It seems to me that Win8 is going to be a "consolidated" OS for both tablet and computer. User has an option to choose between different UI - keyboard and mouse or, touchscreen. Win8, as well, consolidates the GUI of all platforms - smartphone, tablet and PC. It is a logical and smart move. Who would want to keep changing/ learning UI as they use different devices at any moment?
I already have Android, iOS and Windows devices, plus a digital camera and MP3 player with their own UIs. Each was no doubt "intuitive" for their designers, but requires fresh learning for me. Alas!
Now Windows will have a fresh UI in part to look hip. More learning for me.
As always with new OSes, the question is what real new hardware do they enable. For Win 8 its ARM and touch screens. An important bit of catch up for Microsoft, but it doesn't really move the ball forward for the industry.
Final issues that will determine its success: How robust is the OS and how fast is the responsiveness on various x86 and ARM SoCs?
Rick has a point here. Vendors of each of these new devices always talk about "intuitive" UIs, but from users' standpoint, it's always yet another fresh learning and more trials and errors -- by fiddling with the UIs. It's one of the reasons why I remain skeptical about whether consumers are so eager to leave the familiar UI for yet another new UI just because the vendors say so.
Well, on the other hand, there's a whole generation that is now growing up with "touch" as a natural interface, and for them, this will be a very natural and intuitive experience. I think Microsoft has to move with the times and with the generation... I'm sure it will probably be a bit of an annoyance for people who are used to the older version, but people will get used to it very quickly and will forget they even had to get used to it. I see that happen so often these days. I actually think this is Microsoft's best OS yet, and I can't wait to have a seamless experience across several devices! That will be a welcome change and one well worth adapting to, in my book!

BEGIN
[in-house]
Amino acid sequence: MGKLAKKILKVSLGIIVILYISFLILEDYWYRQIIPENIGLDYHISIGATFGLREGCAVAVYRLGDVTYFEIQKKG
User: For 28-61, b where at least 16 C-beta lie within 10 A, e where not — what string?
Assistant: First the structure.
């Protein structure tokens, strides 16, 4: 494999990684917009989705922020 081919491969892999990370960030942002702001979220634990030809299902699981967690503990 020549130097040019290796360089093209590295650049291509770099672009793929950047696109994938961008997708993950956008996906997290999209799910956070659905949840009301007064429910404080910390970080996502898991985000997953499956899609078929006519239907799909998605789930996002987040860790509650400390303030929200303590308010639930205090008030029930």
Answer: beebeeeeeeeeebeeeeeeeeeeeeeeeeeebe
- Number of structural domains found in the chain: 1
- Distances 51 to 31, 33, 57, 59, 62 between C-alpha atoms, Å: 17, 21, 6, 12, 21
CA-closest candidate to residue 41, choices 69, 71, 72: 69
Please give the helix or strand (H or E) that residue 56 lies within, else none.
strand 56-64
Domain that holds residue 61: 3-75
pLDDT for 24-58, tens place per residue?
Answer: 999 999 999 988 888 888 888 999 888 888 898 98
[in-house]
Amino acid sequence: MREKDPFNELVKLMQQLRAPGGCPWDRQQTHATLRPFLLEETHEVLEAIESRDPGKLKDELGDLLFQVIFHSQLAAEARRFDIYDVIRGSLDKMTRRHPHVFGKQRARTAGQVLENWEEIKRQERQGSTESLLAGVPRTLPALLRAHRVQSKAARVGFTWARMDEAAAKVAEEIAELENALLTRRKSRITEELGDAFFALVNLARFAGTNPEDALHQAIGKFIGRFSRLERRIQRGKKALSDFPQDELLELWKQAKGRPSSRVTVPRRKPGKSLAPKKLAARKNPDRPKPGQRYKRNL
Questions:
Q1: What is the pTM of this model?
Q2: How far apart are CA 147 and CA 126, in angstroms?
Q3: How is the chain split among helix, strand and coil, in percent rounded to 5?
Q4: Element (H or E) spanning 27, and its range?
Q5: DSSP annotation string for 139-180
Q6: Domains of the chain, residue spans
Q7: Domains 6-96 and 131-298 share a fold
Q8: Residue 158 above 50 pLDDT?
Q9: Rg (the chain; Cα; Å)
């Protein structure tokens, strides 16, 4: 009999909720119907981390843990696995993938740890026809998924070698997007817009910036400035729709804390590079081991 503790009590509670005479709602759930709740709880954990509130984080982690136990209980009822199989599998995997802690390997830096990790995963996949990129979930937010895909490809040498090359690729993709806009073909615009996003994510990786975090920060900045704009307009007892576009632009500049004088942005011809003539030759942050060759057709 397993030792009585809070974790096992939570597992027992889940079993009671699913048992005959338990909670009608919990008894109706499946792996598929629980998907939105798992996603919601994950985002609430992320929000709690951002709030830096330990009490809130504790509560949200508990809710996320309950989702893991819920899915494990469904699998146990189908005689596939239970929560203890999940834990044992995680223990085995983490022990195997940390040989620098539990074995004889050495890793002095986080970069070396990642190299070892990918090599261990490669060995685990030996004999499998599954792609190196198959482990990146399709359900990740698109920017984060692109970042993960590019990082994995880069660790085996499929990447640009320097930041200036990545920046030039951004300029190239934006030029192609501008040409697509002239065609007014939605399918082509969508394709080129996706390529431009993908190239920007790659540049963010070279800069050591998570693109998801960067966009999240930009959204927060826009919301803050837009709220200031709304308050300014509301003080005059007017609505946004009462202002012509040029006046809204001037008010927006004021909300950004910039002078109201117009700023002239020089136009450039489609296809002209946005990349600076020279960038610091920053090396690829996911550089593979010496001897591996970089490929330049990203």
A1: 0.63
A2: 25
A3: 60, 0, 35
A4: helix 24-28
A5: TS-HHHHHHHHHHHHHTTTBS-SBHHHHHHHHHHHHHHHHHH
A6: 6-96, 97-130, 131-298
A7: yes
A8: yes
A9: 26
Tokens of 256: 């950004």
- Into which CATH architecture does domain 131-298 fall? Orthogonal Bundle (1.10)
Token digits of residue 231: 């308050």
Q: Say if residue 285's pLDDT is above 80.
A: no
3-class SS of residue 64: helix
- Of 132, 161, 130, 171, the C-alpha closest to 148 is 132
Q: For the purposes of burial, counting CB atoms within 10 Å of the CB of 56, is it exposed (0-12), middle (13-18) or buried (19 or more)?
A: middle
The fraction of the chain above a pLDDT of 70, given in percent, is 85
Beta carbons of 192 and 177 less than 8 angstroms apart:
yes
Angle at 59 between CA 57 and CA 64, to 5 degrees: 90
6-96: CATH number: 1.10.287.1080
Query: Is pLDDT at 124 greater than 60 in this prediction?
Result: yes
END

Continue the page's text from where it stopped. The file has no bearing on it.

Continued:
Yes, but Sylvie, this brings back my repeated question: does anyone do any work anymore? Or is everyone just passing the time of day tweeting to one another or reading facebook pages on the run?
The touch screen does not work well in any setting where the user is not within easy reach of the screen. For that matter, if you have to be using a keyboard anyway, even with a laptop, it might not be so great to have to reach out and swipe on the screen whenever you want to styart a new app or browse a different web site.
Absolutely. My parent's generation devoted no mental bandwidth to the arcane details of how to accomplish tasks on computers. Today we are forced to relearn basic skills every time Windows or Office is re-released. WHY? What benefit does a legacy user gain? As a minimum, there should be a button to "Behave Like Windows 98" or "Behave Like Office 1997". Since we have automated translators between human languages, this task should be trivial.
Last week, I bought Asus ET2400 desktop with Windows7 touchscreen, 3D support. I wonder what is new in touchscreen even after such PC touchscreens, IPhone, IPad, etc. First of all, the initial look of Windows8 does not attract me. However, eager to see how the competition goes.. as a future innovator.
All I see are pretty pictures that home consumers will love. Big tiles all over the screen make the computer illiterate say "Oooo, pretty."
What does this do for me, as an Electronics Designer? Will my applications run faster? Will it absolutely force application developers to use the APIs instead of directly running the hardware? That's the biggest reason for application instability and crashes.